11  Foundationalism: By appropriate use of their rational and perceptual faculties, humans can autonomously come to know with appropriate certainty the fundamental truths of pertaining to both material and mental substances, i.e. discover the true principles of science. This is the basis of all other knowledge  Skepticism  Denies Foundationalism  Asserts that knowledge is impossible because certainty is impossible

12  Meditation I: Descartes’ provisional argument on behalf of the skeptic  Knowledge requires certainty.  Certainly is either empirical or a priori  Empirical certainty is impossible because of  Illusion: hence, no empirical certainty regarding attributes of material substances  Hallucination : hence, no certainty regarding the existence of any particular material substance  Dream Hypothesis: hence, no certainty regarding the existence of the material universe generally  A priori certainty because of  Evil Demon hypothesis  Hence, certainty is impossible  Hence, knowledge is impossible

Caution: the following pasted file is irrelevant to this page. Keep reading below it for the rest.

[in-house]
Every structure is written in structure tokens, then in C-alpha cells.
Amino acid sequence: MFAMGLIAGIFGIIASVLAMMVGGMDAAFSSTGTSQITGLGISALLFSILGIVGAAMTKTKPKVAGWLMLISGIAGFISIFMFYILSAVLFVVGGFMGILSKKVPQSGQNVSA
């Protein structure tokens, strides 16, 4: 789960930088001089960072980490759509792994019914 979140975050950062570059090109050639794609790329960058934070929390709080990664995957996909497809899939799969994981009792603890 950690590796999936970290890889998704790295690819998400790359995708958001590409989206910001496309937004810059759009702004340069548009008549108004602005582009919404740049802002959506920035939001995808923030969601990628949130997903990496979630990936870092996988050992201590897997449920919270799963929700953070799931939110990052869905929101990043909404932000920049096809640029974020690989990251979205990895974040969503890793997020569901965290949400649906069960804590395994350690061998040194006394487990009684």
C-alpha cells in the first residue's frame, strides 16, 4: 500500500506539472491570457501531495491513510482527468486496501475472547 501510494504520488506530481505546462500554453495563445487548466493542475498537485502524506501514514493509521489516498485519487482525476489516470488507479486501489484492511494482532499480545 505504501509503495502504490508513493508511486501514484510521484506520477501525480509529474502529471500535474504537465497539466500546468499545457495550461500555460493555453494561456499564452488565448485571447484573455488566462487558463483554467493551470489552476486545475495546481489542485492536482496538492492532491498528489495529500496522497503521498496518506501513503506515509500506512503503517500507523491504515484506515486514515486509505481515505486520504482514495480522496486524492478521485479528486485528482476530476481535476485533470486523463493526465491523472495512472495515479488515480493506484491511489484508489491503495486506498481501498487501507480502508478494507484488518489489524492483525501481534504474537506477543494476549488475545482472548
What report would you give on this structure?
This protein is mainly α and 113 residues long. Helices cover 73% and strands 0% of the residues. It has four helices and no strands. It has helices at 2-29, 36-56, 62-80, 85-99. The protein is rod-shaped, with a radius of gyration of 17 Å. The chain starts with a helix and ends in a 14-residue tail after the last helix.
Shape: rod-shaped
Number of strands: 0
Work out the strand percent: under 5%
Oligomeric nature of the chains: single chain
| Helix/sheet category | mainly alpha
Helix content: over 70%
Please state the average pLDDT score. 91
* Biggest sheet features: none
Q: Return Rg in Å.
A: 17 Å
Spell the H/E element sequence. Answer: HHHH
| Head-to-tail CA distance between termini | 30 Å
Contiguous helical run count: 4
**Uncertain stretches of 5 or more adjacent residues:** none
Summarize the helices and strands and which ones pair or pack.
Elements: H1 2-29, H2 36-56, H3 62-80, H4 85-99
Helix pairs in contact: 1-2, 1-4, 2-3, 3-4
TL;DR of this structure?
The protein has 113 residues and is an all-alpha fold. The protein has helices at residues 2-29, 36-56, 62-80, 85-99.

13  Cogito, ergo sum!  No evil demon could delude one about one’s own existence  Thus, some a priori knowledge is possible!  Each person can be a priori certain and have genuine a priori knowledge about  His/her own individual existence as a mental substance  The existence and content of his/her own current ideas (i.e. psychological or mental attributes).  Thus, one can know with a priori certainty what one believes about  God  The material universe.

14  Thus, one may know with certainty the content of one’s idea of God as the perfect being.  Thus, Anselm’s Ontological Argument is certain and sound.  Hence, God exists!  God’s existence implies that the Demon Hypothesis is false.  Hence, a priori reasoning can provide certainty.  Hence a priori knowledge of all of logic and mathematics is possible.  However, does the example of evil sophomores refute the Cogito? 14